Think of your most admired sports people. Say, outside of what would be deemed obvious. With yours truly, the ones most fondly held will be well known to regular readers. The list comprises of some of the best exponents this country has or ever had in GAA and racing and rugby. They are all, however, connected to sports with which this writer would be most closely associated. In terms of thinking ‘outside the box’ regarding the international sports scene and those not known to me personally, thoughts turn to people like golfer Phil Mickelson, cyclist Sir Bradley Wiggins and LeBron James from the world of basketball.
Boxing, it would be openly admitted, wouldn’t rank near the very top of the list. Each to their own and all that. Having said that, there are some especial pugilism memories. Such as Steve Collins’ memorable bouts with Chris Eubank and Nigel Benn and successes by numerous Irish boxers and various.
Nowadays, Matt Macklin is to the forefront of those making names for themselves in the ring. What Katie Taylor has achieved in and for the sport supersedes everything and everybody. From the mere fact that she was allowed box at all, to her fight to get the recognition she was entitled to and deserved (not least in terms of being included in the High Performance Programme) and, not least, obviously, her outstanding feats as a sports person in her own right.
Anyway, the reason we’re going this road is that Katie was recently appointed as a sporting ambassador for Ireland. What better one could there be, I hear you say. There’s already similar things happening across the water fronted by the likes of Darren Campbell, Jess Ennis and David Beckham. And it was a scheme well worth starting here.
Katie’s role, basically, will be to attract young people to sport that may not have been otherwise. Doubtless, she has done so already and will continue to, but it’s great to see a formal structure being put in place to ensure the next generation of stars – across the sporting codes – comes along.
In Dunboyne there’s a close affinity with Katie and a deep understanding of her power in an ambassadorial role. For the Bray lady has also given her backing to local charity Aoibheann’s Pink Tie – established by Jimmy and Annmarie Norman in honour of their late daughter. APT provides support to youngsters battling serious illness and their families.
As well as promoting awareness of APT, having somebody like Katie involved is crucial on a different level altogether. Never underestimate the importance of sport in life. It’s not overstretching to say that in some cases (cough!) it makes life worth living. Furthermore, it’s a fairly safe bet that the Olympic golden girl is the most recognisable sports star in Ireland. Thus, she’s the perfect person to spearhead anything helping young people.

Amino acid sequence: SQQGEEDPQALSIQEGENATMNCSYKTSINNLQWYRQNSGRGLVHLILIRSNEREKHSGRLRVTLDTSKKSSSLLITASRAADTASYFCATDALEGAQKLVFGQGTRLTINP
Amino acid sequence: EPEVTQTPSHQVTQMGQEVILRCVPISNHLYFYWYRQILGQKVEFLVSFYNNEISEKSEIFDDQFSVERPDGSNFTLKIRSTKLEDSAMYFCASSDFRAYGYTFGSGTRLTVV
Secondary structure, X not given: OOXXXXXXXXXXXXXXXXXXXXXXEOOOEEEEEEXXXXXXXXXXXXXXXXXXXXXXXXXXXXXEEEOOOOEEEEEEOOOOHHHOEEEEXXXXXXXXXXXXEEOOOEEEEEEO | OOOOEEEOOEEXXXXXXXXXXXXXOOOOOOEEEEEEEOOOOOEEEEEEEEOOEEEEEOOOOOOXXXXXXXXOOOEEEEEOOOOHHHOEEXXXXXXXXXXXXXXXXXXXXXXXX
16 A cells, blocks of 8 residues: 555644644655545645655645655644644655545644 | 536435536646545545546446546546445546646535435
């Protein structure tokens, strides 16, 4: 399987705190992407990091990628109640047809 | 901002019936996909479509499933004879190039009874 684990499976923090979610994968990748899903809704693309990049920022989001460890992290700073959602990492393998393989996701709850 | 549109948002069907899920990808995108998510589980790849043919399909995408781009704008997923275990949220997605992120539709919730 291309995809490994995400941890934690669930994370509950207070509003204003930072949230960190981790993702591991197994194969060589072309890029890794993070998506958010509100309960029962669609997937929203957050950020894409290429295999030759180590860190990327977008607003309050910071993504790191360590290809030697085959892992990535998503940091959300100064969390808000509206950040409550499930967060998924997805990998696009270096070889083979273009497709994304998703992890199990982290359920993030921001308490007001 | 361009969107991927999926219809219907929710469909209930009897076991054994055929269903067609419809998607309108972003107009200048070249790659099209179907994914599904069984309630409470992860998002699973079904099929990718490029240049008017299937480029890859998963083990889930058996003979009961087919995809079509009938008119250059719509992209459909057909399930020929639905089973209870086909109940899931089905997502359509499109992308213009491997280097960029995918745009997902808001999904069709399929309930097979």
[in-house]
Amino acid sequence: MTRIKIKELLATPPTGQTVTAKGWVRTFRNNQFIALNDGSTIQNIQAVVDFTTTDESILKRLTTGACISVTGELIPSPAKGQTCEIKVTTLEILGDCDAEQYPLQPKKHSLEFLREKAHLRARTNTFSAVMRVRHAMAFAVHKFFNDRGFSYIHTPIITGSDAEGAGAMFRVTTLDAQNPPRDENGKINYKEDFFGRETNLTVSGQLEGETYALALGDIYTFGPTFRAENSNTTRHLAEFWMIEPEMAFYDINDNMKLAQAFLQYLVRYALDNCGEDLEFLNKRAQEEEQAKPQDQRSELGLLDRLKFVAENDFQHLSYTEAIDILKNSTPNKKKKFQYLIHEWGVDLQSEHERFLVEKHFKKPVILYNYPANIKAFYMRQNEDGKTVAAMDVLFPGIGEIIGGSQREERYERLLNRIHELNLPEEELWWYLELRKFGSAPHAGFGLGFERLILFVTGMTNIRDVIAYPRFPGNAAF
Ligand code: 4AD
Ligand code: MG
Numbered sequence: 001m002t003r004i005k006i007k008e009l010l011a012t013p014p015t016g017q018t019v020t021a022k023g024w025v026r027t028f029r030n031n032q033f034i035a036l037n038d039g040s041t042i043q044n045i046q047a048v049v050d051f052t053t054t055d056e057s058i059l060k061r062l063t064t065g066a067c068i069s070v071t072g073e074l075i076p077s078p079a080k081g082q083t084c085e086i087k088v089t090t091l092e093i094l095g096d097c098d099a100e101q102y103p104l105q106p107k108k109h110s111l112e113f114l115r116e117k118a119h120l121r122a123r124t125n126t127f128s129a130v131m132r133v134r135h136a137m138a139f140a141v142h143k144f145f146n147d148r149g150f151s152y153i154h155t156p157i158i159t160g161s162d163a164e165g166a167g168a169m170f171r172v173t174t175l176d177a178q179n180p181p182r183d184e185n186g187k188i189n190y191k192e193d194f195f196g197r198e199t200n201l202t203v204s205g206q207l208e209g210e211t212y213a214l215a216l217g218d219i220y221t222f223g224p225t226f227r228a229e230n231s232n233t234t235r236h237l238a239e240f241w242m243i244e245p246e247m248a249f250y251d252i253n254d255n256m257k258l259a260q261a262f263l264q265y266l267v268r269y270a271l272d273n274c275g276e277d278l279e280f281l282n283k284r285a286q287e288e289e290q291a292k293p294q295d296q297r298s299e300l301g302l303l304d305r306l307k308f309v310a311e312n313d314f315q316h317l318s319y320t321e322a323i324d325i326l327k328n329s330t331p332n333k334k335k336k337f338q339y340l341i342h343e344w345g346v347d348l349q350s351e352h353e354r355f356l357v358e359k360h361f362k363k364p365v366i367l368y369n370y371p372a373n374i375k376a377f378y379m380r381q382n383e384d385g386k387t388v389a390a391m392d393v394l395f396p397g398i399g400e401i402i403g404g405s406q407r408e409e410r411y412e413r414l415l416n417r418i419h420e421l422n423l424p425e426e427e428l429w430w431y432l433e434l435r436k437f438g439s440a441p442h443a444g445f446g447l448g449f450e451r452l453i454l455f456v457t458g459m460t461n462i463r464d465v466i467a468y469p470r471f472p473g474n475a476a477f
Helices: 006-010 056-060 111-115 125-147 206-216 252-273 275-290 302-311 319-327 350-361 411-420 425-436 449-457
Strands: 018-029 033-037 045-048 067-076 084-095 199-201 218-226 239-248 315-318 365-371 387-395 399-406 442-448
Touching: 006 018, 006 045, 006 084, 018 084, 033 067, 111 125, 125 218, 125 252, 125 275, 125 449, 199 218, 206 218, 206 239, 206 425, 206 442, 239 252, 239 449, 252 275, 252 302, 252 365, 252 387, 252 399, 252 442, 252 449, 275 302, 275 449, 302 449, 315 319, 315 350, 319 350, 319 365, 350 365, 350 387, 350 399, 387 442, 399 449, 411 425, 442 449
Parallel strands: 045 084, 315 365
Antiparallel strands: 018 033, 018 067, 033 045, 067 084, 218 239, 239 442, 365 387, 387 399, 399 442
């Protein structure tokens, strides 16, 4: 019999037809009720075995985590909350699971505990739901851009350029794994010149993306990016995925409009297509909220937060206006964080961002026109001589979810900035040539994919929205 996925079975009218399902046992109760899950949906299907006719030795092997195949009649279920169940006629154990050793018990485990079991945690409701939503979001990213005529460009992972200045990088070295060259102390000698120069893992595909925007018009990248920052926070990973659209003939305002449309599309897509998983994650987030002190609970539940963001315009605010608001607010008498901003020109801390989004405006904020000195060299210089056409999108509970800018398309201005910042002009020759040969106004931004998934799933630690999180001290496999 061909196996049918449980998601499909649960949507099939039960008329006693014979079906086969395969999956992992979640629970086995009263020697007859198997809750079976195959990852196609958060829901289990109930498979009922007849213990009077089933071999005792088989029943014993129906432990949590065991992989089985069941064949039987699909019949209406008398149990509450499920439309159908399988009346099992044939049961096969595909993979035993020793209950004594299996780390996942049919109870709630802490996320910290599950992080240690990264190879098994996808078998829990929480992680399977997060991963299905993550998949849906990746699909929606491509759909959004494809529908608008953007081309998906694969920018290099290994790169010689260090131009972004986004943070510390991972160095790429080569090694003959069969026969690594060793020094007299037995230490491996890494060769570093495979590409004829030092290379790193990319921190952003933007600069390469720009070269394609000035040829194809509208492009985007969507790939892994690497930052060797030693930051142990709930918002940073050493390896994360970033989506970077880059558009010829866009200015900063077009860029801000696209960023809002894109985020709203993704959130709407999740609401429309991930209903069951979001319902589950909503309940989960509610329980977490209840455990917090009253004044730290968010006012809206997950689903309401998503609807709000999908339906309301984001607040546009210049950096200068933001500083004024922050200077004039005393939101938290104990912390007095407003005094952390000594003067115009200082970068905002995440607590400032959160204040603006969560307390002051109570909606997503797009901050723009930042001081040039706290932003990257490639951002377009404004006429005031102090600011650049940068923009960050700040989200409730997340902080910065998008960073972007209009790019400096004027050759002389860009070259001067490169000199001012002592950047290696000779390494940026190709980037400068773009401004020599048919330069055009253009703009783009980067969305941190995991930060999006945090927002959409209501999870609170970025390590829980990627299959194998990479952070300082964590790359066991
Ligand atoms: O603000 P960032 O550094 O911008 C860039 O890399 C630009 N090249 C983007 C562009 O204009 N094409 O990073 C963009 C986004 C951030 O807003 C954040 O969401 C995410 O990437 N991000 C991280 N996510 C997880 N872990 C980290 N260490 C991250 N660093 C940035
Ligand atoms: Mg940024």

Sport can change lives on innumerable levels. From the work being done at levels like that of Inspiration Cycling Club, to the joy – on a personal level – derived from seeing my nieces and nephews – Conor, Niamh, Ciara and Ian do well in sports. Conor and his soccer team have just enjoyed their best season yet, Niamh and Ian have been amassing medals across various sporting codes and – at the times of typing – Ciara’s primary school team await their semi final. All sources of needed and treasured smiles!
That’s the thing, you see, sport has to be enjoyable. To spectators and – more importantly – to those taking part. When the enjoyment goes, sport loses its core value. It stops youngsters from being involved and – to those not already – puts them off wanting to be so.
One of the biggest problems in sport – particularly in terms of influencing younger participants – can be the actions and reactions of adults in attendance. I am not trying to paint myself as whiter than white – far from it – I’ve gone OTT as much as anyone in my time. Maybe it’s only when it’s viewed from a different angle, though, that the impact thereof is fully comprehended.
Recently, one such occasion where unsavoury and unacceptable behaviour took place was learned of. Those partaking therein were bound to have been scarred to some extent by what went on. Hope would be that the strongest possible action will be taken against those involved. Such messiness – and by all accounts it’s going lightly to title it thus – does nothing for sporting enjoyment or influence.
In fact, it has the exact opposite effect. So, those acting to the detriment of the core values of sport need to be clamped down upon swiftly and sternly because negative vibes can often last as long as positive, if they’re let.
Thankfully, though, the good immeasurably outnumber the ‘unhelpful’ in sport. Look no further than Katie Taylor for a shining light of everything that’s good in sport and the good that can come from it.